Agency by Ratification

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Agency by Ratification

Agency by ratification refers to a legal principle where a person (the principal) approves and accepts the actions or contracts undertaken on their behalf by another person (the agent) who initially lacked the authority to act for the principal. In other words, the principal retroactively ratifies the agent’s actions (after the fact).

For agency by ratification to occur, certain conditions must be met:

Agent’s Action:

The agent must have taken some action on behalf of the principal without proper authority or without an existing agency relationship.

Knowledge of Principal: The principal must have knowledge of all material facts regarding the agent’s actions.

Intent to Ratify: The principal must clearly and voluntarily express the intent to ratify the agent’s actions. This can be done explicitly or implicitly through behavior.

Legal Capacity: The principal must have the legal capacity to authorize the action at the time of ratification.

Examples of Agency by Ratification:

Unauthorized Contracts: Suppose an individual, without proper authorization, signs a contract on behalf of a company. If the company later learns about the contract, reviews its terms, and explicitly approves or accepts it, the company is ratifying the contract.

Real Estate Transactions: An agent may sell a property on behalf of a principal without proper authorization. If the principal, upon discovering the sale, agrees to and accepts the transaction, the agency relationship can be ratified.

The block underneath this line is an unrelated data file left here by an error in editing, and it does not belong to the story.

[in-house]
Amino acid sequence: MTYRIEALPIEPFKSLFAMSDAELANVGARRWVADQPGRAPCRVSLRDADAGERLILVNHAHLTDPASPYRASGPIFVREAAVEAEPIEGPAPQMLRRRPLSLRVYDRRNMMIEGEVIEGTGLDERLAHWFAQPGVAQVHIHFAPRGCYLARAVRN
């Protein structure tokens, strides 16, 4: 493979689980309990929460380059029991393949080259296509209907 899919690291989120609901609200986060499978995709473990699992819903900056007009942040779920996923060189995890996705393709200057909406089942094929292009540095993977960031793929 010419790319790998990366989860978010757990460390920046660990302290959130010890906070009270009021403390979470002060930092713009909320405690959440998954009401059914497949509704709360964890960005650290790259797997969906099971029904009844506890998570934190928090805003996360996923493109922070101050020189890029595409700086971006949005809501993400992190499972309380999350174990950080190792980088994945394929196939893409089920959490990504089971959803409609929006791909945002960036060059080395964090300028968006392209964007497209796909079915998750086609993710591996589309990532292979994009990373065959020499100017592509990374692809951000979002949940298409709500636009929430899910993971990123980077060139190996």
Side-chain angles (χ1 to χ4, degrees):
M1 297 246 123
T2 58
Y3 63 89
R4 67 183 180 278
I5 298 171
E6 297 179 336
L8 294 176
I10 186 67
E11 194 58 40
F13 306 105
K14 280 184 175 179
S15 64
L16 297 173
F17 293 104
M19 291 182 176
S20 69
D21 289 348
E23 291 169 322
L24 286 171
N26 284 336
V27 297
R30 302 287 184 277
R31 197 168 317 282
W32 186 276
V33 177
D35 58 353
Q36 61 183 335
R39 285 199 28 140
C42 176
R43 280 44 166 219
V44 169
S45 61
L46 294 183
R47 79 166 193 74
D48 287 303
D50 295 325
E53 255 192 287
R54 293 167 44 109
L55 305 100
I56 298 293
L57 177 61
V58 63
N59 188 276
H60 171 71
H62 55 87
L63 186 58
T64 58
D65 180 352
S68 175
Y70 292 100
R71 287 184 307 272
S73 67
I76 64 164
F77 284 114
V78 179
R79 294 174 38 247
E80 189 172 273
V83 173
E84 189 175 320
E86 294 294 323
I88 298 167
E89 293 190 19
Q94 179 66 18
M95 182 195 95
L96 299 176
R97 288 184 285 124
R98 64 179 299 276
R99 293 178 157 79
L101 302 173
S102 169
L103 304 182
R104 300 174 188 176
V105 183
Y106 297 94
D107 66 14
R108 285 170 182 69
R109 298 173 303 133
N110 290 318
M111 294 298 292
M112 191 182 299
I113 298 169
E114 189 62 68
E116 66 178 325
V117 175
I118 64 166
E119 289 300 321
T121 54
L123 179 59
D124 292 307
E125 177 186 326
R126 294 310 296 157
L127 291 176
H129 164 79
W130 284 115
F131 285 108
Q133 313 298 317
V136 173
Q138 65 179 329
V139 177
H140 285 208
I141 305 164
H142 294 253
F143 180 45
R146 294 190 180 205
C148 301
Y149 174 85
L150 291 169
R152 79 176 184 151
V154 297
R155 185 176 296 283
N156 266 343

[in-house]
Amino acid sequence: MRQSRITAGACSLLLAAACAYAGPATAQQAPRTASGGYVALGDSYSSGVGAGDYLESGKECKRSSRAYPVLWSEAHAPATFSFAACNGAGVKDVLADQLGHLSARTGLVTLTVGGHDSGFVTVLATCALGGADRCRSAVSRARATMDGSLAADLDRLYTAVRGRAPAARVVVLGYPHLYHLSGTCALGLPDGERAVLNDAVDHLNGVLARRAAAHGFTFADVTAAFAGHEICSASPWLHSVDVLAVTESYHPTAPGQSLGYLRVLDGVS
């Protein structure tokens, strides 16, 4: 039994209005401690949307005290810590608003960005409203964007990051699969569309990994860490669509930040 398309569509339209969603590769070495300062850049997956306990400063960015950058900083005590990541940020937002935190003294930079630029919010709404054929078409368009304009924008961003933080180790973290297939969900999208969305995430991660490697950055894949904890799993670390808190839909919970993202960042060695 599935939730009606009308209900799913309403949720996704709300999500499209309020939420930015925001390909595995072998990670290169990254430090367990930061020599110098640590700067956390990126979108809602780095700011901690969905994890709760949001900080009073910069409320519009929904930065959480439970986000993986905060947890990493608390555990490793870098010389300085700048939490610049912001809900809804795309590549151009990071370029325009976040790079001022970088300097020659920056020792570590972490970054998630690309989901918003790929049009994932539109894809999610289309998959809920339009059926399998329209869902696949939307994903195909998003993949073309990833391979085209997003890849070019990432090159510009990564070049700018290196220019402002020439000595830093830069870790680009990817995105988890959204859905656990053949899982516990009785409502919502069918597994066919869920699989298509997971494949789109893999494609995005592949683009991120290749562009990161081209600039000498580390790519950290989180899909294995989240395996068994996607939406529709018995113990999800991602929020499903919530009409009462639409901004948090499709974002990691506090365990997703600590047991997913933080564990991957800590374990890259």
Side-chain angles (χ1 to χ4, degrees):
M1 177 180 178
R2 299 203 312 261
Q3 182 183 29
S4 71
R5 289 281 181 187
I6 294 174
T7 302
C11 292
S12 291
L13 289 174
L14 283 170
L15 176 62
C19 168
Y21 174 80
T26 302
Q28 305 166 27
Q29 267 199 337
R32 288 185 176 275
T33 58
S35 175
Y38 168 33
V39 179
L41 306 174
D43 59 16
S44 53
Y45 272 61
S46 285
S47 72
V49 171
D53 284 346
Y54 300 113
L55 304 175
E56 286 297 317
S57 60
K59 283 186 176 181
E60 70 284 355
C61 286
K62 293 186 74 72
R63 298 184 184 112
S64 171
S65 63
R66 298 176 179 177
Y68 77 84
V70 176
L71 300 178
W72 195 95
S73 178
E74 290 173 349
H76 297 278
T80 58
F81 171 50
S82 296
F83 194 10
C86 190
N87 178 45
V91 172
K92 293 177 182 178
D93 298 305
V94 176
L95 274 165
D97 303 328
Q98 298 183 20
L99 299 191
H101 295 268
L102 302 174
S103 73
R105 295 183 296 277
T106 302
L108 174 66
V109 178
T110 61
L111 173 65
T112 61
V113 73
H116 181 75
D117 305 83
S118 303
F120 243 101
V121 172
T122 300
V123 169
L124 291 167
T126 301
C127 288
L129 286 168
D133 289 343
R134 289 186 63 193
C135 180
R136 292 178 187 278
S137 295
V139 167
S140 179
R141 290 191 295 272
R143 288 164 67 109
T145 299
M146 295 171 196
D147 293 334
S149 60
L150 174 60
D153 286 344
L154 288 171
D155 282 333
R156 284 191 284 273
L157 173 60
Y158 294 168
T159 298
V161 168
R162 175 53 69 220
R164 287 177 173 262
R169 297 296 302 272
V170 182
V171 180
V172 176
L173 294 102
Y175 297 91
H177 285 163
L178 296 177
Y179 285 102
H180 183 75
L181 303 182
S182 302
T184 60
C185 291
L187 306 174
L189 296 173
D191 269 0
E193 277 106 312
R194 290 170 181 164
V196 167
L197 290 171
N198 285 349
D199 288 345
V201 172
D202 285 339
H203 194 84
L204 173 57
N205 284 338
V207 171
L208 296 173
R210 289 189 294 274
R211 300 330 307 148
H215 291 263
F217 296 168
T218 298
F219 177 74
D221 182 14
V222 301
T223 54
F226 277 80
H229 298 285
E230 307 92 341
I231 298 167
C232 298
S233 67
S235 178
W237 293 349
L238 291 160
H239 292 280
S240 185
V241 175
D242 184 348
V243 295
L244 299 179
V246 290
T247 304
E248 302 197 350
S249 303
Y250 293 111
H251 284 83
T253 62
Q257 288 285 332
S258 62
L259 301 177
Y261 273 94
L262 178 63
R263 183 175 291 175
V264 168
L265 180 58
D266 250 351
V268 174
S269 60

Business Negotiations: An employee might enter into negotiations or make a deal on behalf of their employer without explicit authorization. If the employer learns about the deal, reviews the terms, and subsequently approves or accepts the arrangement, it constitutes agency by ratification.

In each of these examples, the key element is the principal’s subsequent approval of actions taken by an agent without prior authorization, turning those actions into legally binding commitments.

There must be some proof that the principal was aware of the act or acts and either accepted the benefits or elected to be bound by the agent’s conduct.

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